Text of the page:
What's Good this Week : : Theatre

This is a bit of a cheer for the community theatre, actors on the way up, the independent companies. I usually focus on the professional stuff, but where do you draw the line? Do you include the co-op with young actors on the way up, but not professionals coming out of retirement to direct down in Onehunga? Or do you include Prayas, creating pathways for Indian performers, but not older groups? SO, it’s all in this week.

 

Silo, ATC and Indian Ink all continue their runs this week. An updated Medea at the Herald considers the toxic breakdown of a relationship from the point of the children. Good performances, but with most of the drama taking place off stage it lacks the big emotional punch I was hoping for, but that may come with the run.  A very updated Kate Sheppard brings down the house in a political punk panto take on the suffragette movement in That Bloody Woman. A mixture of terrific vocals, great music and finely tuned comic timing make this a thoroughly entertaining, and worthy, night out. The Elephant Thief is charming, highly theatrical, and the big teeth and energy of the cast make up for the odd plot hole.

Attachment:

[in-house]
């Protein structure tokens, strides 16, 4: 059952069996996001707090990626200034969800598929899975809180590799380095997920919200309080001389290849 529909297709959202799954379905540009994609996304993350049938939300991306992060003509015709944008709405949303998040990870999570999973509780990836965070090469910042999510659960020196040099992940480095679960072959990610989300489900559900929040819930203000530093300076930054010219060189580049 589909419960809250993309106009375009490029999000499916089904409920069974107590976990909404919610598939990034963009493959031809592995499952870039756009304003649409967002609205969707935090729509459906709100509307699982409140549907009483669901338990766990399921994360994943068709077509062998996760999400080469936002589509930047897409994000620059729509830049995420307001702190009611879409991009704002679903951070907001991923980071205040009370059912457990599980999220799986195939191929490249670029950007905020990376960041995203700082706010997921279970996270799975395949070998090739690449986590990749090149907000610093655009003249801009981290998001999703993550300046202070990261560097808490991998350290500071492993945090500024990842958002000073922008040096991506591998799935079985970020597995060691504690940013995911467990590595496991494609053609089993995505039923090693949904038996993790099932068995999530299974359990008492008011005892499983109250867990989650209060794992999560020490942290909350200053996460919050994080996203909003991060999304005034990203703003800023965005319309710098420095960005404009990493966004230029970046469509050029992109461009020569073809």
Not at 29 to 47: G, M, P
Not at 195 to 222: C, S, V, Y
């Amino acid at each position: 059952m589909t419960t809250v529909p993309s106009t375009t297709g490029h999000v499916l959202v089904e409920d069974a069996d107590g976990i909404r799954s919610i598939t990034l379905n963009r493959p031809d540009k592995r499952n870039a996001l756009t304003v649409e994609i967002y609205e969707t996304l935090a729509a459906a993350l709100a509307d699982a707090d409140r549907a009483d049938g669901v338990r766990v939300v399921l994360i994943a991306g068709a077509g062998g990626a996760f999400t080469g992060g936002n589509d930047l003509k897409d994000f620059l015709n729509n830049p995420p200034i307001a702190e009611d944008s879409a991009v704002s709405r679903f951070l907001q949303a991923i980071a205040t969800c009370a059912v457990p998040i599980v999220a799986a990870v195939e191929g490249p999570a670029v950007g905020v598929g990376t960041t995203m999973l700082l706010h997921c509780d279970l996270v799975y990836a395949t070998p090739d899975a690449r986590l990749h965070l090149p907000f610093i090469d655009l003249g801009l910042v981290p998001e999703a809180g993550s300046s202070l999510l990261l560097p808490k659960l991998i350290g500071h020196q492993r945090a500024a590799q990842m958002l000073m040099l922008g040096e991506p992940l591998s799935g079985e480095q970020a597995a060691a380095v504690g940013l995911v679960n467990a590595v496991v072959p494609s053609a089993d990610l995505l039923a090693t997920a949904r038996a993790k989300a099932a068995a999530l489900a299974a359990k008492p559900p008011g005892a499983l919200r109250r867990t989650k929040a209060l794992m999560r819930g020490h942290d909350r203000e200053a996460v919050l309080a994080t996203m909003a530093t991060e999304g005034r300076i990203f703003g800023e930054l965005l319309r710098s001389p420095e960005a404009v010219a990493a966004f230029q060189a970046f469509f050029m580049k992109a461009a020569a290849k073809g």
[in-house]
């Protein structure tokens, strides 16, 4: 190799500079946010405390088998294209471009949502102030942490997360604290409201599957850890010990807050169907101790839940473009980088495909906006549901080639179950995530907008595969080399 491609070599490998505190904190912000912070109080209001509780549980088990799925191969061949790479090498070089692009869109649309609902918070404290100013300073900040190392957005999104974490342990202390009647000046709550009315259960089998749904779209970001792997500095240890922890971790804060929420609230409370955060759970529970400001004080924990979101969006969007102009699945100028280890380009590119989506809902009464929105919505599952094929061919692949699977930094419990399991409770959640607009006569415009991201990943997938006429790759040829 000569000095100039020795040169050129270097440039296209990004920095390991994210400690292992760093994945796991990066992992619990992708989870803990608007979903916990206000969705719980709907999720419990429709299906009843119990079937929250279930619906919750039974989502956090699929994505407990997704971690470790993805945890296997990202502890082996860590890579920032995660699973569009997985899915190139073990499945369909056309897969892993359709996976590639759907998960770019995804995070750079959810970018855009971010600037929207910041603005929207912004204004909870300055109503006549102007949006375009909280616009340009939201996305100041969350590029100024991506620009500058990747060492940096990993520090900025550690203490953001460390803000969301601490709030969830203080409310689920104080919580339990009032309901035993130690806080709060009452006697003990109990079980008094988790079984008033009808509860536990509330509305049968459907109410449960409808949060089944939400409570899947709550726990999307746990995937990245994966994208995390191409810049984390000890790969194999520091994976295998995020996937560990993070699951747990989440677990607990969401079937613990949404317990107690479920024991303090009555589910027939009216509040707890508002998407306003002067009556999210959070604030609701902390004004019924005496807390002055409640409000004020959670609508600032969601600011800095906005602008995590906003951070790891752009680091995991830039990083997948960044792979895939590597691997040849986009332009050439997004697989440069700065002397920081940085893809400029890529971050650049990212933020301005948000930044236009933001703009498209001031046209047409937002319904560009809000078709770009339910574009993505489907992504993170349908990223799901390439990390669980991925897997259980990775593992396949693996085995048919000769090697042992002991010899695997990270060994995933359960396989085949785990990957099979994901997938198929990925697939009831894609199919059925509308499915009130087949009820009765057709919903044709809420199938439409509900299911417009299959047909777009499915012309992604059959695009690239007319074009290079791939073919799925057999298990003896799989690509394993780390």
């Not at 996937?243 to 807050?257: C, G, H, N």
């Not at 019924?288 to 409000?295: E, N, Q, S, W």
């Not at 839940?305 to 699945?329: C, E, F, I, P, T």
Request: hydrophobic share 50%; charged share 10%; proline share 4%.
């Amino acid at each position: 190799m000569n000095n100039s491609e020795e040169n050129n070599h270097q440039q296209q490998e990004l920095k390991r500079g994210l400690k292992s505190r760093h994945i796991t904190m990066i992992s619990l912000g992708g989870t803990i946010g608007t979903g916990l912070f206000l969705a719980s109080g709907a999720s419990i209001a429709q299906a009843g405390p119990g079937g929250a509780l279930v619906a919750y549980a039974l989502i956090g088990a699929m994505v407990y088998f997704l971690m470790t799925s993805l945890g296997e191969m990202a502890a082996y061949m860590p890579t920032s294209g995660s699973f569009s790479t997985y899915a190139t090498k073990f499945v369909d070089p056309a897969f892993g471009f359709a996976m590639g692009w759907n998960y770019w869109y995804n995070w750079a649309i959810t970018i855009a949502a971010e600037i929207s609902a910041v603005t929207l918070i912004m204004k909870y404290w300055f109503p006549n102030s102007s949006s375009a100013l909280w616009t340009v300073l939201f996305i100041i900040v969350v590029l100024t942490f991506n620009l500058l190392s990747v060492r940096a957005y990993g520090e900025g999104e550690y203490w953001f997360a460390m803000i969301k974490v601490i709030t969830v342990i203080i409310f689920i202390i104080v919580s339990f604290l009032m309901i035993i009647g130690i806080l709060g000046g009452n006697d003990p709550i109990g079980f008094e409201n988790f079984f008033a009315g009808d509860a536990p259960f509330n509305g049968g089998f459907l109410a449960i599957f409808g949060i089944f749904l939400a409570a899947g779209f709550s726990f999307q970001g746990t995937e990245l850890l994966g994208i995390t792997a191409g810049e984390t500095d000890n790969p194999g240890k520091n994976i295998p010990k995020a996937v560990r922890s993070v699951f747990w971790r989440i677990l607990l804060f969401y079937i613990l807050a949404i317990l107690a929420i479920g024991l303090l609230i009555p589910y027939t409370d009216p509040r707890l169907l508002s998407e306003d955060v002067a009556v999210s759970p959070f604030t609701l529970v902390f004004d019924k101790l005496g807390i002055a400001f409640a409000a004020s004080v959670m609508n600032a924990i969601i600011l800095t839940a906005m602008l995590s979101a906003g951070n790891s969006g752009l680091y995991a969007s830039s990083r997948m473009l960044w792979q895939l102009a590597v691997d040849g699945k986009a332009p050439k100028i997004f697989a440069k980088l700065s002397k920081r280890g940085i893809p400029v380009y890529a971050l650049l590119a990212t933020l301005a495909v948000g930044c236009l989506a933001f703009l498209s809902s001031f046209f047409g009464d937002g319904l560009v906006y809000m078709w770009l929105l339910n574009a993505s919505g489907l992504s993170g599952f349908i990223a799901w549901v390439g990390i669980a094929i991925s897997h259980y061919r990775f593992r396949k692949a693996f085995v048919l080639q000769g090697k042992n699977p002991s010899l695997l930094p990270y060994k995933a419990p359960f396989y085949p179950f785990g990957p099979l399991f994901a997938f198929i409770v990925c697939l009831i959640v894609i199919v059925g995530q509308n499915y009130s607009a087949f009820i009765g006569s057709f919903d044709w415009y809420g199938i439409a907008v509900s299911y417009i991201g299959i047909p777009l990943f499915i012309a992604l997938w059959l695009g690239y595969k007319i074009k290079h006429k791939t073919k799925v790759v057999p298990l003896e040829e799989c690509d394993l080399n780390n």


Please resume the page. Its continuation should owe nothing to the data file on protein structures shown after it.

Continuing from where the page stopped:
Down in the Basement, the Matariki festival has started with Hine, which attempts to reclaim the sacredness of women through ceremony, dance and song, and La Vie Dans Une Marionette, which brings together actor, dancer and clown Justin Haiu, Tama Jarman and Jarod Rawiri to form the White Face Crew.

 

Prayas Theatre returns to Tapac on Thursday with Love n Stuff by Tanika Gupta, following their sell-out production of A Fine Balance. A comedy set in the Auckland airport, Mansoor of Sandringham attempts to walk out of his 35-year-old marriage to return to India, underestimating his family’s determination to stop him. Compare and contrast with Roger Hall’s Four Flat Whites in Italy, which is being staged in Takapuna’s Pumphouse Theatre.

 

More new writing, local and international, at two of Auckland Central’s smallest theatres: Garnet Station sees the performance of Ain’t That a Bitch, which stars talented up-and-coming young actors Anthea Hill and Daniel Watterson (Olivia in the Pop-up Globe’s Twelfth Night). Then there is Principal Principle down in Onehunga, which is fresh from Chicago.

 

And what else? Well, you can enjoy a talk and performance with Richard Gill on how Prokofiev creates a masterpiece in his Romeo & Juliet at the Auckland Town Hall on Tuesday, at 6.30. Or you could skate in Aotea Square. There is even a free concert with the NZSO aimed at families on Sunday at 4pm, held at the Bruce Mason Centre in Takapuna (registration required however).

 

Finally, Auckland Council is celebrating Matariki with enthusiasm, offering over 100 events across Auckland ranging from theatre to art, kite-flying to walking tours, and even getting your hands dirty looking after the land and enjoying flax workshops in the Pa Harakeke in Point Chevalier.  To find out more. Enjoy.

 

Matariki Festival

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